LYNN MEYER, Employee/Appellant, v. WAL-MART STORES, INC., and CLAIMS MGMT., INC., Employer-Insurer.

JULY 2, 2014

No. WC14-5675


JURISDICTION - SUBJECT MATTER.  Where the issue raised on appeal is not ripe for review by this court, no justiciable controversy exists and the employee’s appeal is dismissed.


Determined by:  Stofferahn, J., Milun, C.J., and Wilson, J.
Compensation Judge:  James Kohl

Attorneys:  Stephen R. Quanrud and Thomas A. Klint, Midwest Disability, Coon Rapids, MN, for the Appellant.  Jerome D. Feriancek, Thibodeau, Johnson & Feriancek, Duluth, MN, for the Respondents.




The employee appeals a finding of the compensation judge’s decision which the employee argues may bar future claims by reason of res judicata.  Finding no justiciable controversy, the appeal is dismissed.


Lynn Meyer sustained an admitted work injury to her right hand and wrist on May 13, 2006.  She subsequently had a left hand and wrist injury on July 18, 2007.  The employer and insurer paid 3 percent permanent partial disability for each injury.

In July 2012, the employee filed a claim petition, alleging that she was entitled to permanent total disability benefits from June 23, 2010, as the result of the two work injuries.  Ms. Meyer was 45 years old on the date of her second injury and, as a result, needed to establish 17 percent permanent partial disability to meet the threshold set out in Minn. Stat. § 176.101, subd. 5.

At the request of her attorney, Ms. Meyer was evaluated by Dr. Robert Wengler.  Dr. Wengler concluded that the employee had “symptoms strongly suggestive of a thoracic outlet syndrome involving the right upper extremity.”  He related the condition to the 2006 injury and rated the employee as having 15 percent permanent partial disability due to this condition.

Dr. K. Stephen Kazi performed an independent medical examination of the employee on behalf of the employer and insurer.  He was of the opinion that the employee’s primary diagnosis was fibromyalgia and possible thoracic outlet syndrome.  Dr. Kazi also concluded neither of these conditions were related to her employment, and he provided no rating of permanent partial disability.

The employee’s claim was heard by Compensation Judge James Kohl on November 12, 2013, and his findings and order was issued December 27, 2013.  The compensation judge determined that the diagnosis of thoracic outlet syndrome and the rating of permanent partial disability by Dr. Wengler had not been established.  In Finding 14, the compensation judge stated, “[t]he preponderance of the evidence fails to prove that the employee has 15% in ratable permanent partial disability pursuant to Minn. R. 5223.0400, subp. 3(D), as modified by Minn. R. 5223.0400, subp. 5(D)(2).”  In Finding 15 of his decision, the compensation judge stated, “[t]he preponderance of the evidence fails to prove that the employee has been permanently and totally disabled as a result of the work injuries herein since June 23, 2010.”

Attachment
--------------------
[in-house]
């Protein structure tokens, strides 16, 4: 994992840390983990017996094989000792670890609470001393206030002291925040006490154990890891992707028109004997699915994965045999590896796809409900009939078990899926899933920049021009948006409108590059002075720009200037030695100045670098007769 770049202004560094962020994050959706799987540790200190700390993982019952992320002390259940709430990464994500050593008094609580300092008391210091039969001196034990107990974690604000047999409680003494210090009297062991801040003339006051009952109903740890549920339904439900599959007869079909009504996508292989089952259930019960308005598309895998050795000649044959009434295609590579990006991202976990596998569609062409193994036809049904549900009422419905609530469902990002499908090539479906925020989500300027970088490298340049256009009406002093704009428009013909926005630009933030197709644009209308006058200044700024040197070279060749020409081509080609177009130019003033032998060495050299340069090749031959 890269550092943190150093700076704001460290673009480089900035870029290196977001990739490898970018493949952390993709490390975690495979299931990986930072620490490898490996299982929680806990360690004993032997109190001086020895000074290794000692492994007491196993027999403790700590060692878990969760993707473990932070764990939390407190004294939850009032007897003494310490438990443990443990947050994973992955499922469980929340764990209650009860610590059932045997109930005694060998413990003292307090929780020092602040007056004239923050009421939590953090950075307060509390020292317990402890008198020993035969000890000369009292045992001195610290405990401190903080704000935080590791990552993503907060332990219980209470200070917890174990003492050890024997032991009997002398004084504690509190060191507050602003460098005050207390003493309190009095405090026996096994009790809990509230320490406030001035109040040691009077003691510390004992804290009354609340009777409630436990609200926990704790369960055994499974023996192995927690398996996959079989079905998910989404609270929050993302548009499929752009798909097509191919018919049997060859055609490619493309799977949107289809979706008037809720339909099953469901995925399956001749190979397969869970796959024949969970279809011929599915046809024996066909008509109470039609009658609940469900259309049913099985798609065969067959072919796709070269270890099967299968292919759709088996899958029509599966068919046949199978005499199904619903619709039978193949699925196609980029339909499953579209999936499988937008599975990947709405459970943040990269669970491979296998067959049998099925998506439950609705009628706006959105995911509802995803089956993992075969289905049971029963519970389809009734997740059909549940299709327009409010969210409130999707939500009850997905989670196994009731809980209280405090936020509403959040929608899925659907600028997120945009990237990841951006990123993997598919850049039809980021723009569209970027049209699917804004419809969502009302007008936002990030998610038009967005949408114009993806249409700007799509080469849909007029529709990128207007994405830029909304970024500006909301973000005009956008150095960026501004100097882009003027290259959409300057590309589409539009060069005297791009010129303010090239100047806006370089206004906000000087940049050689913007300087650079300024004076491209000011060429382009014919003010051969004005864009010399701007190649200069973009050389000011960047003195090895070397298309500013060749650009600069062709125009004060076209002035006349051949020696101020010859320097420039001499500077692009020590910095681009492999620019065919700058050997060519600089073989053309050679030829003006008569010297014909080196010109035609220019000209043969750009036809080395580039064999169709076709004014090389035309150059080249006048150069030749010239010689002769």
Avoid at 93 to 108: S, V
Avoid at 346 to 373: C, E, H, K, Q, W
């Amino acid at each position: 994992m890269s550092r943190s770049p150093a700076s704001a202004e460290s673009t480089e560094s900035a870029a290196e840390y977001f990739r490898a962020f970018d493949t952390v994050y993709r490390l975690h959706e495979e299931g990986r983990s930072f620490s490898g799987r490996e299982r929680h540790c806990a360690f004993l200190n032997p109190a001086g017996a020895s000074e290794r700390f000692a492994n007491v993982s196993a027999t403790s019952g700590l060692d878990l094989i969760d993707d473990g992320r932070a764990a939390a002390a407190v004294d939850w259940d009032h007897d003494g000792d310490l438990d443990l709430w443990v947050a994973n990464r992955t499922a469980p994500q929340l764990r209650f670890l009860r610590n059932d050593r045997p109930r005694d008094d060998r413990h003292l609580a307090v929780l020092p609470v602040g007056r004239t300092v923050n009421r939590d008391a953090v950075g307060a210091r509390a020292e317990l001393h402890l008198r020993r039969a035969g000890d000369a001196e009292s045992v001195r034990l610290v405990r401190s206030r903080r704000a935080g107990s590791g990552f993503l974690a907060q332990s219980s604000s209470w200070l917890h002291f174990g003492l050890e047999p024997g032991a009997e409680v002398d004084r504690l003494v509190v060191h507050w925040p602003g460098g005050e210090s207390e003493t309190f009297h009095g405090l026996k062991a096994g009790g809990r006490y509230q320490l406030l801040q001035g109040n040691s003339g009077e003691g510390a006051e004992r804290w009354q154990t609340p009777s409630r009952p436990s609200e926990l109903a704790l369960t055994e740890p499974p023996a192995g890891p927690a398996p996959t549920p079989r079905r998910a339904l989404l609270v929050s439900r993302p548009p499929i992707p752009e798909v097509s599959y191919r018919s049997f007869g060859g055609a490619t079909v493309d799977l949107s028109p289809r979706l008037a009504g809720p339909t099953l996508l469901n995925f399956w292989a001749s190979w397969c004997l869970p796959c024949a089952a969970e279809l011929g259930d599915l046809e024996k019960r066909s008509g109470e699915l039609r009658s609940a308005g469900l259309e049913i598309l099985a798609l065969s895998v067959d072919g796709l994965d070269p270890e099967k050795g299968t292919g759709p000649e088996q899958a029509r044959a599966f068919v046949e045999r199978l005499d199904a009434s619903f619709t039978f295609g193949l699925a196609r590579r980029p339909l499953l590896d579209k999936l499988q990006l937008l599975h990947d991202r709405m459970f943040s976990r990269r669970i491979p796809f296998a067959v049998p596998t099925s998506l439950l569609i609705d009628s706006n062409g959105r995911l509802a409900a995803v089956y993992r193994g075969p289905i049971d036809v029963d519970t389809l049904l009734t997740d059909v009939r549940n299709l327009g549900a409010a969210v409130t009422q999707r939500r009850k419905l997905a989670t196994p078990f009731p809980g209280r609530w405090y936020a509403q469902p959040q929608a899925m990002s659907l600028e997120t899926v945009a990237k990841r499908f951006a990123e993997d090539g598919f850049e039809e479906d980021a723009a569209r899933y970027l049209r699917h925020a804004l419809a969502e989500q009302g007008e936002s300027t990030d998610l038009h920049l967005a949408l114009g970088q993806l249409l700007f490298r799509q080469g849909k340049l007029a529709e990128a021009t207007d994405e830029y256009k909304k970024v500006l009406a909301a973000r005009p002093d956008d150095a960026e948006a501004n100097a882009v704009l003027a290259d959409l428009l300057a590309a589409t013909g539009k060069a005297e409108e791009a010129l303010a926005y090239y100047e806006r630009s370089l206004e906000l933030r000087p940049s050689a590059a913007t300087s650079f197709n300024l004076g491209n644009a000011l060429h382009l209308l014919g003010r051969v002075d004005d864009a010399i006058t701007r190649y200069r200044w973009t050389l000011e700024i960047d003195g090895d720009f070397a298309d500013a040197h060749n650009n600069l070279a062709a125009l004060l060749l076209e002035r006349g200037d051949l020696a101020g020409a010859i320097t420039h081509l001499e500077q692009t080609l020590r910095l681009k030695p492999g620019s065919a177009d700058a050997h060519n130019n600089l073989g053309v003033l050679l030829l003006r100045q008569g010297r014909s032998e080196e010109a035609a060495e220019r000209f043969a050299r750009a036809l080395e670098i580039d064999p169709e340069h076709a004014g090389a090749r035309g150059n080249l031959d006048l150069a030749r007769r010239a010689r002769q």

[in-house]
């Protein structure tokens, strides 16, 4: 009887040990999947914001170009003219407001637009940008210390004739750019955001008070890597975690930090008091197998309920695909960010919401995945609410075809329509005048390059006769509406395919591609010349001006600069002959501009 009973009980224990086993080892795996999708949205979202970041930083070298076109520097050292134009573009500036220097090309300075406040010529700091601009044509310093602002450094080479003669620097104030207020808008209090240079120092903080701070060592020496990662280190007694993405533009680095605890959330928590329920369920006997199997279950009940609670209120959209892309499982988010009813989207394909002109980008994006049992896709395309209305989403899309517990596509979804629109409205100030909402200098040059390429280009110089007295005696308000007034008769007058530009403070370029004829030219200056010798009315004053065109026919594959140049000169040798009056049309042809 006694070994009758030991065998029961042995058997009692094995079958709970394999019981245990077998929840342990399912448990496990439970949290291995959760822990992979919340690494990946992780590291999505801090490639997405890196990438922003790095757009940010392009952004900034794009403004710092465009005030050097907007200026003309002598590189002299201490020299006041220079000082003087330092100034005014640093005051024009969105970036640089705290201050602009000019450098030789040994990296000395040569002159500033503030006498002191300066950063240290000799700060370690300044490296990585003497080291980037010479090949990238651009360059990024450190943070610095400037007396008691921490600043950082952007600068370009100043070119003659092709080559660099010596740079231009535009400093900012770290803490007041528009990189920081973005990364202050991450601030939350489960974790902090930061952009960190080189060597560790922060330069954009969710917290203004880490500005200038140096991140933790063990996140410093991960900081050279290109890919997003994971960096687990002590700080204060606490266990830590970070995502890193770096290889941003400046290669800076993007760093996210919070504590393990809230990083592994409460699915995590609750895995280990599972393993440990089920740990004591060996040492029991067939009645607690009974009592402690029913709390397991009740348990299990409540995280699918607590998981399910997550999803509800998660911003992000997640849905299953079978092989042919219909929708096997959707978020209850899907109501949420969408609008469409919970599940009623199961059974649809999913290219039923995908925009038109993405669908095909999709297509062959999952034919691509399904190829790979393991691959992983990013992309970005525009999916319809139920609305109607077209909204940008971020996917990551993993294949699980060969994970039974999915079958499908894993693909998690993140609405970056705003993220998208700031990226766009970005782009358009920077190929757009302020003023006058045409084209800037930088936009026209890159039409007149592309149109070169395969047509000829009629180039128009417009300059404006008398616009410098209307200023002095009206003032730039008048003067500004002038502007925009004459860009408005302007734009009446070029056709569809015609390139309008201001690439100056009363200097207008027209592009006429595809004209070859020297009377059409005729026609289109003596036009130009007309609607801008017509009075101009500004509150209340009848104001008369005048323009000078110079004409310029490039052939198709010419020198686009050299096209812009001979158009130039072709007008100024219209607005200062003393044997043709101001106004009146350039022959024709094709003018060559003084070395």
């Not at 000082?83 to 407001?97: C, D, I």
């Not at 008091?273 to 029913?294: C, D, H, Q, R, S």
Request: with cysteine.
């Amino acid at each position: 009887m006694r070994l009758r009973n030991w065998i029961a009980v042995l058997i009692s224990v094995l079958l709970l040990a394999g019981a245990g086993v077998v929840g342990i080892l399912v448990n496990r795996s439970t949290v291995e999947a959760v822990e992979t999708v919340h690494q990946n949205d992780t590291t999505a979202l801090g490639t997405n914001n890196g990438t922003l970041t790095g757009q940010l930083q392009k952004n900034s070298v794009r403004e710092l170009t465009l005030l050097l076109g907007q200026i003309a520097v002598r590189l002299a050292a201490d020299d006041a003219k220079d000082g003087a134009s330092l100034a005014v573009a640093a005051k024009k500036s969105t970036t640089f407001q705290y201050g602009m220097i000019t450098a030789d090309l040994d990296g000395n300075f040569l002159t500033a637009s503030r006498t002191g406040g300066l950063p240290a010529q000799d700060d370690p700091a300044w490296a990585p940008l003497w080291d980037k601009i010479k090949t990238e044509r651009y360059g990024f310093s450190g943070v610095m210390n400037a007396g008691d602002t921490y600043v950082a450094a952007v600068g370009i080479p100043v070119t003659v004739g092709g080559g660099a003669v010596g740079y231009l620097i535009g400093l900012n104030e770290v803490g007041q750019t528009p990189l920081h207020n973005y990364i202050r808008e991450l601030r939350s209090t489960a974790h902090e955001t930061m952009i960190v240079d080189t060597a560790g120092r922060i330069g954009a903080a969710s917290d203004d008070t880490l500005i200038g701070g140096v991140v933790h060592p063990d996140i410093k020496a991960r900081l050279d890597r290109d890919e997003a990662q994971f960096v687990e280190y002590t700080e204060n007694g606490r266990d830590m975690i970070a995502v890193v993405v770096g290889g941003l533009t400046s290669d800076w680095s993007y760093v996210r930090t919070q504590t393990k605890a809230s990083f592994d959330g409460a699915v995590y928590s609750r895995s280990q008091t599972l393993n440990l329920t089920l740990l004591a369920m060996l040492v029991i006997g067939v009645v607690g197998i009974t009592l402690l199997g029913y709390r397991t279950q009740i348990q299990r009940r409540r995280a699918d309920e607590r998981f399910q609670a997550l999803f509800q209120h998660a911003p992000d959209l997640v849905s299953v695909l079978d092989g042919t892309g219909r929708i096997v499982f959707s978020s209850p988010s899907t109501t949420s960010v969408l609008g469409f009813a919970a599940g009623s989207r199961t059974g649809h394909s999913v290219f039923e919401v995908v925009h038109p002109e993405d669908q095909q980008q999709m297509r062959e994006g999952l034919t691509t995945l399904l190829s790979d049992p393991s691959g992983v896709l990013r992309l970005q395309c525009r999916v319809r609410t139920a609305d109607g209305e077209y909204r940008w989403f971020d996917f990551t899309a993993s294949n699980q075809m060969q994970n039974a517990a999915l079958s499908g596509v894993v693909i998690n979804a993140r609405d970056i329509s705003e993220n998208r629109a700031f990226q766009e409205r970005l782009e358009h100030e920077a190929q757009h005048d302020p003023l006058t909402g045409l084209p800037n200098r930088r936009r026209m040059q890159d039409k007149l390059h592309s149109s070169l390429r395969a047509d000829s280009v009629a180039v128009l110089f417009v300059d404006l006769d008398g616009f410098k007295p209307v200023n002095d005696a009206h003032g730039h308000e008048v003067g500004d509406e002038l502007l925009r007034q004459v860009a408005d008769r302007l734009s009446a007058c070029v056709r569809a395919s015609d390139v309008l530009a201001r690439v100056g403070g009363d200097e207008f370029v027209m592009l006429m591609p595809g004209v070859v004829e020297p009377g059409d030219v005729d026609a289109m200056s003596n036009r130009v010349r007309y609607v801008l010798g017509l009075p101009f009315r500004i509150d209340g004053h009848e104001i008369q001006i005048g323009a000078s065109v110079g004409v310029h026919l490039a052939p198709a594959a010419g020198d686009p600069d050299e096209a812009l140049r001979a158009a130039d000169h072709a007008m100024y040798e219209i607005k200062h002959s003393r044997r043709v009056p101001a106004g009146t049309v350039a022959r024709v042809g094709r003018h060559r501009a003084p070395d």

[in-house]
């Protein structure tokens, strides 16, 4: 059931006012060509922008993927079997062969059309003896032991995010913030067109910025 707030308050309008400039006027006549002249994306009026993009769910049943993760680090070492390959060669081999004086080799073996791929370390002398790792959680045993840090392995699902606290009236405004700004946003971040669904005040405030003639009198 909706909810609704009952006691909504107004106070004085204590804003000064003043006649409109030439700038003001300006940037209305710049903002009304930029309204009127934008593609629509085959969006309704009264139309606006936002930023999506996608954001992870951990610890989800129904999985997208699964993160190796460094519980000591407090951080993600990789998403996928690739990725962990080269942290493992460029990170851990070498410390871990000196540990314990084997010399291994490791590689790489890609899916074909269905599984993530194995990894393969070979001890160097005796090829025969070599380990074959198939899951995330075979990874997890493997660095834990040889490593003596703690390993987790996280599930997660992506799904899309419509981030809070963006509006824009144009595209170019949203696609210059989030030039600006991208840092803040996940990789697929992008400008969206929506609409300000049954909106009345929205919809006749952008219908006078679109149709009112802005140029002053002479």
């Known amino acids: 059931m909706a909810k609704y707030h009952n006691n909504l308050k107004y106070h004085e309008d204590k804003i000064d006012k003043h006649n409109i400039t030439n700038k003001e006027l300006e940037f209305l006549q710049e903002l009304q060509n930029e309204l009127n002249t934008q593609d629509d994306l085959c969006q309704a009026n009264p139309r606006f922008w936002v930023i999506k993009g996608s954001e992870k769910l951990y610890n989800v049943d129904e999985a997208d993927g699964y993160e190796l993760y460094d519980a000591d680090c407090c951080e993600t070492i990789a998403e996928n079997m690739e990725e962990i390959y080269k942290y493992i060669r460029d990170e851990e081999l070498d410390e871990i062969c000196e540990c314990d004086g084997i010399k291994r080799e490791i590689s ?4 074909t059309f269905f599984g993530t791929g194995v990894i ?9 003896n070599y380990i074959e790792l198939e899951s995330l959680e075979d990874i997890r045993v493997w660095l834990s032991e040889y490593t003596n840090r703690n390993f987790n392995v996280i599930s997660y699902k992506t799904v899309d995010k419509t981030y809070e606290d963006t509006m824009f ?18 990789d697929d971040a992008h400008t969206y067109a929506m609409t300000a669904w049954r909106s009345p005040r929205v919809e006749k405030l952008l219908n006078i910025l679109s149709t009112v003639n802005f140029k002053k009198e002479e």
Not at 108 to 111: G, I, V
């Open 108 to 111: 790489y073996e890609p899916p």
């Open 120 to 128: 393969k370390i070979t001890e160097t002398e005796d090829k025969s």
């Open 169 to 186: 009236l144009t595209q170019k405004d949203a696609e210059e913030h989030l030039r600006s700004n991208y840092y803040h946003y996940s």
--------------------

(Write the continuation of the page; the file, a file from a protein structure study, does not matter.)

The employee has not appealed the finding that she did not meet the permanent partial disability threshold, but appeals the finding that she is not permanently totally disabled.


The employee argues on appeal that the compensation judge’s determination that she is not permanently totally disabled is not supported by the findings.  She notes in this regard that all of the findings made by the compensation judge deal only with the permanent partial disability threshold.  The employee contends that in the absence of any findings on the ability of the employee to find and hold employment, it was error for the compensation judge to make a finding that she had failed to establish an eligibility for permanent total disability.  The employee claims that the finding she is not permanently totally disabled may bar future claims because of res judicata.

In response, the employer and insurer state that the employee is seeking an advisory opinion from this court as to the viability of future claims and defenses.  We agree.

There are no claims or defenses presently in dispute between the parties before this court.  The employee has agreed that she has not at this time satisfied the threshold of permanent partial disability necessary to be eligible for permanent total disability benefits.  The question of what, if any, res judicata effect exists as a result of the compensation judge’s decision that she is not permanently totally disabled will not become a justiciable controversy until such time as a new claim for permanent total disability is filed by the employee, the defense of res judicata is raised, the compensation judge hearing the dispute accepts the defense and bars the employee’s claim, and the employee appeals from that decision.

“The existence of a judiciable controversy is prerequisite to adjudication.  The judicial function does not comprehend the giving of advisory opinions.  No controversy is presented, absent a genuine conflict in the tangible interest of opposing litigants.”  Isaak Walton League of Am. Endowment, Inc., v. State, Dep’t of Natural Resources, 312 Minn. 587, 589, 252 N.W.2d 852, 854 (1977); Konczal v. Hage Constr. Co., 70 W.C.D. 410 (W.C.C.A. 2009).  The employee’s appeal is dismissed.